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Number of people with chlamydia detected is increasing

In 2016, a total of 34,132 people had chlamydia detected. This marks an all time high since monitoring was initiated in 1994.

2016 saw slightly more than 7% more cases of chlamydia than 2015. The increase was seen for both sexes and within nearly all age groups. The increase was not exclusively due to an increase in the number of tests performed from 2015 to 2016, as the number of tested persons only rose by slightly less than 2%.

As in the past, men only accounted for four out of ten detected chlamydia cases. This is not because the men get infected with chlamydia less frequently than women. The reason is that far fewer men than women are tested for chlamydia: Men constitute only 3 out of every 10 persons tested. In the 15-29-year age group that accounts for more than 80% of all detected chlamydia cases, the share of men that tests positive for chlamydia is about one and a half times higher than it is among women.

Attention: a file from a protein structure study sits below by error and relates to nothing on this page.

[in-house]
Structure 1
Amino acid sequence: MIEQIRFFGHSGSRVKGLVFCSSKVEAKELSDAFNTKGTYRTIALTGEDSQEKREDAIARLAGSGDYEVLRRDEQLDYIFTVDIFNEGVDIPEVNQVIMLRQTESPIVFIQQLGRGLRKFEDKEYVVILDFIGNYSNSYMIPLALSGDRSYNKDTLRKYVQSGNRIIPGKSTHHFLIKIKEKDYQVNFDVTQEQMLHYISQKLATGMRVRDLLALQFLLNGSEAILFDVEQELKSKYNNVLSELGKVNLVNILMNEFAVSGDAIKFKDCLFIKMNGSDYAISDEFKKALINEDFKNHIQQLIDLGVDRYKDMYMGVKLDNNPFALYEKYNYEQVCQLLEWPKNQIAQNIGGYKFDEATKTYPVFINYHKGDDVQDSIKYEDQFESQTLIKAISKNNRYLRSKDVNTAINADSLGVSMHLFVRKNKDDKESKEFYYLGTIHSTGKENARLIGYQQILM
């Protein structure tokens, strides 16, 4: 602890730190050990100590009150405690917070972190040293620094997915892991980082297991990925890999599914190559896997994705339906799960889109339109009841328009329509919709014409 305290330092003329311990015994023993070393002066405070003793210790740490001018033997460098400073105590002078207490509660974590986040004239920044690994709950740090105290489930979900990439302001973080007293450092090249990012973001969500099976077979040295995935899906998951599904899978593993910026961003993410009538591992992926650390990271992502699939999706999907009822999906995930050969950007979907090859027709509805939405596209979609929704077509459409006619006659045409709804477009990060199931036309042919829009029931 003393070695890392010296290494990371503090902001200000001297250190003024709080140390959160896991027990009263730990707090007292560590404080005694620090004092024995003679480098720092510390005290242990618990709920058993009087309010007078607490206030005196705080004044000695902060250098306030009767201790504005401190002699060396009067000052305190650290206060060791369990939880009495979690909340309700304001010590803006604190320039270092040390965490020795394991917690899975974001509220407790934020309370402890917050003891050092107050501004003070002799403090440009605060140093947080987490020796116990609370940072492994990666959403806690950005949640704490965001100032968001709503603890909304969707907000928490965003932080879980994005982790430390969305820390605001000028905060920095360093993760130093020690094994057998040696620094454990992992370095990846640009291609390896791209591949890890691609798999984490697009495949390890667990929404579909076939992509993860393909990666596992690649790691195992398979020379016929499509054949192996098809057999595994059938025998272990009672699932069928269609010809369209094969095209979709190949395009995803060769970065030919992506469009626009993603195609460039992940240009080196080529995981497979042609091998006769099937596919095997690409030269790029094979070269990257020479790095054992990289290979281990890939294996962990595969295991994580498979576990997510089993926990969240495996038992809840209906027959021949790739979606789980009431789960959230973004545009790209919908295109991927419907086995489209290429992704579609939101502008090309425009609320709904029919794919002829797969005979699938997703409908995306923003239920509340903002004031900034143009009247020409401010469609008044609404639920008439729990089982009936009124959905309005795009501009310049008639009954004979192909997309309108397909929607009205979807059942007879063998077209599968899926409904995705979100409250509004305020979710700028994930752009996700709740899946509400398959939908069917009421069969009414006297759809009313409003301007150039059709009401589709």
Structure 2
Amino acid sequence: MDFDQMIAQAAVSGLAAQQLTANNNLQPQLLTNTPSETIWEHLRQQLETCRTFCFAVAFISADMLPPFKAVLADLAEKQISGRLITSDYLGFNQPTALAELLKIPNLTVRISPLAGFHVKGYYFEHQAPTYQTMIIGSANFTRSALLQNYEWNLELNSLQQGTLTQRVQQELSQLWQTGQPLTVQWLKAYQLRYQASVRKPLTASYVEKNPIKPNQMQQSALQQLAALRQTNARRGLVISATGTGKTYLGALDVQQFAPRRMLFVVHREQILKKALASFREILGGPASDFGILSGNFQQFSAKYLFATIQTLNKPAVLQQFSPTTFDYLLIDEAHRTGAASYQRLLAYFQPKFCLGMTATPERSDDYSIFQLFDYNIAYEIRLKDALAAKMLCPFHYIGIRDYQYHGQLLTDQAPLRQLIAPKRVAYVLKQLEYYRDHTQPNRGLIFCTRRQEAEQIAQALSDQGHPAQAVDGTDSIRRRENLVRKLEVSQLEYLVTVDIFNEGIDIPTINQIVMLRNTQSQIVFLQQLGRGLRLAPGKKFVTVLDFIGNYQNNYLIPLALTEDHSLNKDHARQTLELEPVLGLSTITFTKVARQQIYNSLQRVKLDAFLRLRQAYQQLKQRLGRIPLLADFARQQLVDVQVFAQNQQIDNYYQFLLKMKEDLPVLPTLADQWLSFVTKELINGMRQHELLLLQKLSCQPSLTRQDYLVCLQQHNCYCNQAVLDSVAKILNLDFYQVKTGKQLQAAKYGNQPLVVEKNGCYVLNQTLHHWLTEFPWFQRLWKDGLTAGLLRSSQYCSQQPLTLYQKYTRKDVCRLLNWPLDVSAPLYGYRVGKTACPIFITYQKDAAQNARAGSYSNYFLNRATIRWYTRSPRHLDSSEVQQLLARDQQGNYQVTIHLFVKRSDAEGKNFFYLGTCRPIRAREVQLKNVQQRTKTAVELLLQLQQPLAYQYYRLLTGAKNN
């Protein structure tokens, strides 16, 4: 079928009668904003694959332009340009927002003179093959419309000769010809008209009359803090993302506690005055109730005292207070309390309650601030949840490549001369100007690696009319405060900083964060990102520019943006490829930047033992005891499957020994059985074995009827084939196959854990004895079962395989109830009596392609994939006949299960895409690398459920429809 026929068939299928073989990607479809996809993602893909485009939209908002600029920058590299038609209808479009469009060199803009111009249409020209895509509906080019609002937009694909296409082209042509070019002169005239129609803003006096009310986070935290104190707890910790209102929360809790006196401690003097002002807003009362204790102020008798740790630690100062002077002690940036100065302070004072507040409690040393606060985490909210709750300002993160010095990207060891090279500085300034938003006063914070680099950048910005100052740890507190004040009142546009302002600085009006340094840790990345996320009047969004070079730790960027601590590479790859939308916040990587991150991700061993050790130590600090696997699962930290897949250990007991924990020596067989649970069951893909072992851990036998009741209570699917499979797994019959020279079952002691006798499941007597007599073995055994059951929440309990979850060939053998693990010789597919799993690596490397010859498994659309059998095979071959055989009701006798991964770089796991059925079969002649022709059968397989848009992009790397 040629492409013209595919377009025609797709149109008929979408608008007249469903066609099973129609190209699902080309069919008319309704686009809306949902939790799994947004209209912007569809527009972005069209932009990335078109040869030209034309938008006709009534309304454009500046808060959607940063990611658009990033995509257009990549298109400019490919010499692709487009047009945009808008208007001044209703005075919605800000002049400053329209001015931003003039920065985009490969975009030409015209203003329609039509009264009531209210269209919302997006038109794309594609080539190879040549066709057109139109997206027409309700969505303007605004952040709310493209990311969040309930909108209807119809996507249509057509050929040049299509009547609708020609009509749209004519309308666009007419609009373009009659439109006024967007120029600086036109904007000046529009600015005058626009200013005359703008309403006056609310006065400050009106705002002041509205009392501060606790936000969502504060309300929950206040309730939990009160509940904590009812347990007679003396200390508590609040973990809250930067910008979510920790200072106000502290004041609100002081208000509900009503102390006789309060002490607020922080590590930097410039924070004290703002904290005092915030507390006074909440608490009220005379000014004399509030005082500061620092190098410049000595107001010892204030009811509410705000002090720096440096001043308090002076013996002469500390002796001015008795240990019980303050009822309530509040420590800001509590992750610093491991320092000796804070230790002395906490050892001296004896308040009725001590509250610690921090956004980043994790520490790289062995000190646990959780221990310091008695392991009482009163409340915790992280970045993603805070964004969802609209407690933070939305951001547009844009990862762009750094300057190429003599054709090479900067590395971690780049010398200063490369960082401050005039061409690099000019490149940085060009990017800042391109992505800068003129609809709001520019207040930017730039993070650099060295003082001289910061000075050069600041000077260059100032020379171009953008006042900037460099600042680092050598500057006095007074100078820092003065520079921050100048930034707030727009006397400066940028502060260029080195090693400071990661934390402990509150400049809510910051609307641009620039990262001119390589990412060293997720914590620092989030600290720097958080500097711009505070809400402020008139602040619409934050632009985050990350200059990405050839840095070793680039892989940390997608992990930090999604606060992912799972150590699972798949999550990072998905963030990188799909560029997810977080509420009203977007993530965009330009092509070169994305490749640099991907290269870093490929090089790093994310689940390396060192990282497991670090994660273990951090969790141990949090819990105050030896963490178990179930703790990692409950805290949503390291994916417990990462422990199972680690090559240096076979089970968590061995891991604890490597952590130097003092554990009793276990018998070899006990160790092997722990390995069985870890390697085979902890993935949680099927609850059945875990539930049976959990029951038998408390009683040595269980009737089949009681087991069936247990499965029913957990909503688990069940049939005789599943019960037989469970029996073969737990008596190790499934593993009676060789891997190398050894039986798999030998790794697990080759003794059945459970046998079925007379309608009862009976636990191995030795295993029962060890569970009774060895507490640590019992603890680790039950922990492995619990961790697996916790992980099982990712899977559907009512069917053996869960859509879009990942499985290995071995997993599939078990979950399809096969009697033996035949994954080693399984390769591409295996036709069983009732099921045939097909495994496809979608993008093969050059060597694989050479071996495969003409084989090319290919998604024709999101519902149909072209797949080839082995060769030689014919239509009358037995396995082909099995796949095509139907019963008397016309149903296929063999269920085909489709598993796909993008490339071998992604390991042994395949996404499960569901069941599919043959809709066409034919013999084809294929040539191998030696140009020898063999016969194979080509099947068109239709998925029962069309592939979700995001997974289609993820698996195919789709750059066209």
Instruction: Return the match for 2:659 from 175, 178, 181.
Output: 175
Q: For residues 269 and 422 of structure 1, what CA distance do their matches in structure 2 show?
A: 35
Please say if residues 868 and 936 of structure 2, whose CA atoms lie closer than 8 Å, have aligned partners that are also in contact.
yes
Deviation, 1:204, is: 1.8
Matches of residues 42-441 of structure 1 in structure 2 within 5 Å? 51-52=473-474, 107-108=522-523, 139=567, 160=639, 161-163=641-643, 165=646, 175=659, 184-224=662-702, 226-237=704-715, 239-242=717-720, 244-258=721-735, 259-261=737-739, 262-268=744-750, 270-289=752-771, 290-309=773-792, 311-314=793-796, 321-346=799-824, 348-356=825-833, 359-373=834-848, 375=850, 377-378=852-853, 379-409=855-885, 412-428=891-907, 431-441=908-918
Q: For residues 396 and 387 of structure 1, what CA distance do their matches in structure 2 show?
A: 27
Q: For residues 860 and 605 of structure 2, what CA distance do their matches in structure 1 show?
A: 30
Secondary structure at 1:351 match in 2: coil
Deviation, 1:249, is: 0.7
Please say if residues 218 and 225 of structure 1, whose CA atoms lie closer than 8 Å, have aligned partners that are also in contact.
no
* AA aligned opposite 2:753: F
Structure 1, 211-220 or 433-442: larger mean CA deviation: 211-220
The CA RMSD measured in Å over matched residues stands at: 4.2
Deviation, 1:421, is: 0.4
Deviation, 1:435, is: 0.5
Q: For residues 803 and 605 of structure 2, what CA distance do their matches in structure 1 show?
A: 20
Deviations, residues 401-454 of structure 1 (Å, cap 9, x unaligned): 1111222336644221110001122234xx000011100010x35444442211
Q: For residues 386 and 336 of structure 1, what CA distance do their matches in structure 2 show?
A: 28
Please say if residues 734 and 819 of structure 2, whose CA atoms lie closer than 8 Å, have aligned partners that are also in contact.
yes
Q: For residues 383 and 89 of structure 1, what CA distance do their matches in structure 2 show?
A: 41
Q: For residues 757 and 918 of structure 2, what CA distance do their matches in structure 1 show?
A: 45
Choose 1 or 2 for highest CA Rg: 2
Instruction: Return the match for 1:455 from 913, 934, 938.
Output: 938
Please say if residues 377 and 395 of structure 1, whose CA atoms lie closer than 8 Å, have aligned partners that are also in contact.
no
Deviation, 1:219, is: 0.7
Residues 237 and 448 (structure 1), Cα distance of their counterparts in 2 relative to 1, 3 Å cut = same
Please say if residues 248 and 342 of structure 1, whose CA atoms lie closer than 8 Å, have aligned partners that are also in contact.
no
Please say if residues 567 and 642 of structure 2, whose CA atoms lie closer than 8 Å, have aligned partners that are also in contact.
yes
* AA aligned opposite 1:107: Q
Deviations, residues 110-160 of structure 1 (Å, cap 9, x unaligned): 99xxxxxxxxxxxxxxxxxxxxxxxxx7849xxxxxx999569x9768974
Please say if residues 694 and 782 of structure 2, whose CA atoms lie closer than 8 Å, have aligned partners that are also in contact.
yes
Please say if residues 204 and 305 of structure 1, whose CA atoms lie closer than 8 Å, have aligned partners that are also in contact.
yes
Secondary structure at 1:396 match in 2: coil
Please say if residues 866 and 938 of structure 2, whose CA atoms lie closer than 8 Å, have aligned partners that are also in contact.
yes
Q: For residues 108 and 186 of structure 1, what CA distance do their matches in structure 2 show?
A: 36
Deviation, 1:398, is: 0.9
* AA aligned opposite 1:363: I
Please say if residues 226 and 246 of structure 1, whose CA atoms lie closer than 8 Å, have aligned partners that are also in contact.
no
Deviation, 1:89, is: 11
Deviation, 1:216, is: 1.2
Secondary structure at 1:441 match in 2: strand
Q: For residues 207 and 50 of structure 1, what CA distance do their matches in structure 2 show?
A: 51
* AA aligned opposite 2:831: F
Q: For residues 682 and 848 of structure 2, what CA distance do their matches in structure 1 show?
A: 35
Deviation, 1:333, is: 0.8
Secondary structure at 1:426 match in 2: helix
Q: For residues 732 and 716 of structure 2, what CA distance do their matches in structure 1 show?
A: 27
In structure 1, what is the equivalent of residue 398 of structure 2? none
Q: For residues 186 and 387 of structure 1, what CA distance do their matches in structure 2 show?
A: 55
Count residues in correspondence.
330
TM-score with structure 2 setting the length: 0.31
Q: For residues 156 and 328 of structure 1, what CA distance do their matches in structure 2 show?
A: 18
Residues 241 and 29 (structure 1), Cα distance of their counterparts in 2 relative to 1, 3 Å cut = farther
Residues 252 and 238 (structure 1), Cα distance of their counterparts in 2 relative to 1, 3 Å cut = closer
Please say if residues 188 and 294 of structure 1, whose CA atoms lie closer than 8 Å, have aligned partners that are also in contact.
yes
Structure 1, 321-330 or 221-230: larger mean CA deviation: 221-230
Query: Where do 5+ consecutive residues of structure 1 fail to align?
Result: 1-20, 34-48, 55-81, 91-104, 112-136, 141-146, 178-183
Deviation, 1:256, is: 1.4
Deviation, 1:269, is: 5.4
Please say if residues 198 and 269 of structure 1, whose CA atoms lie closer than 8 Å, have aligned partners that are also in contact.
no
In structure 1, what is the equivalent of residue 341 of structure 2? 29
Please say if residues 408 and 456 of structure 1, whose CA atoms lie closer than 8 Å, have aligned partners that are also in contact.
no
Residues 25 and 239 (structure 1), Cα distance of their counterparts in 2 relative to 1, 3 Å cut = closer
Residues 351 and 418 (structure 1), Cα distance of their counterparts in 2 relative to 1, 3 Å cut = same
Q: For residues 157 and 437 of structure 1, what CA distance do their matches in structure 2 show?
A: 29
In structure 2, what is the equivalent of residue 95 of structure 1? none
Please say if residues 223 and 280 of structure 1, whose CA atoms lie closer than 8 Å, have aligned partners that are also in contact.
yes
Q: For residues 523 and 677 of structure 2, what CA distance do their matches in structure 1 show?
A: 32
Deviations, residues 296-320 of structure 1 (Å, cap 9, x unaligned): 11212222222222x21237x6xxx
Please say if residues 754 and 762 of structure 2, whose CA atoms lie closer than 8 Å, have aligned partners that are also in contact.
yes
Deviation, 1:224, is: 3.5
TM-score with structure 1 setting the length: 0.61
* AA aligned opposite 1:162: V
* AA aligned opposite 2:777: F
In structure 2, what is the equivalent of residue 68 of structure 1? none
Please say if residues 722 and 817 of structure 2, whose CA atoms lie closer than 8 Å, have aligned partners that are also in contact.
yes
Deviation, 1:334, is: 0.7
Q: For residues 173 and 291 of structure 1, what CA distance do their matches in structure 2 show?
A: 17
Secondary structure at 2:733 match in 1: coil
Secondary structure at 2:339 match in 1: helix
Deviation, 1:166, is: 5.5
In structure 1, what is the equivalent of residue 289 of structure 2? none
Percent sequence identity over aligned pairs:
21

The clear increase in the incidence of chlamydia is cause for concern as it is a marker for the extent of unprotected sex, which also entails the risk of other sexually transmissible diseases. Furthermore, chlamydia in women can cause pelvic infection, which can lead to infertility in complicated cases. There are therefore ample grounds for further enhanced preventive action, especially among 15-24-year-old men and women. There is a need for enhanced information about safe sex, increased attention to sampling and information about relevant partners in the six months leading up to a positive test.

For more information, please see EPI-NEWS 34/17.

 

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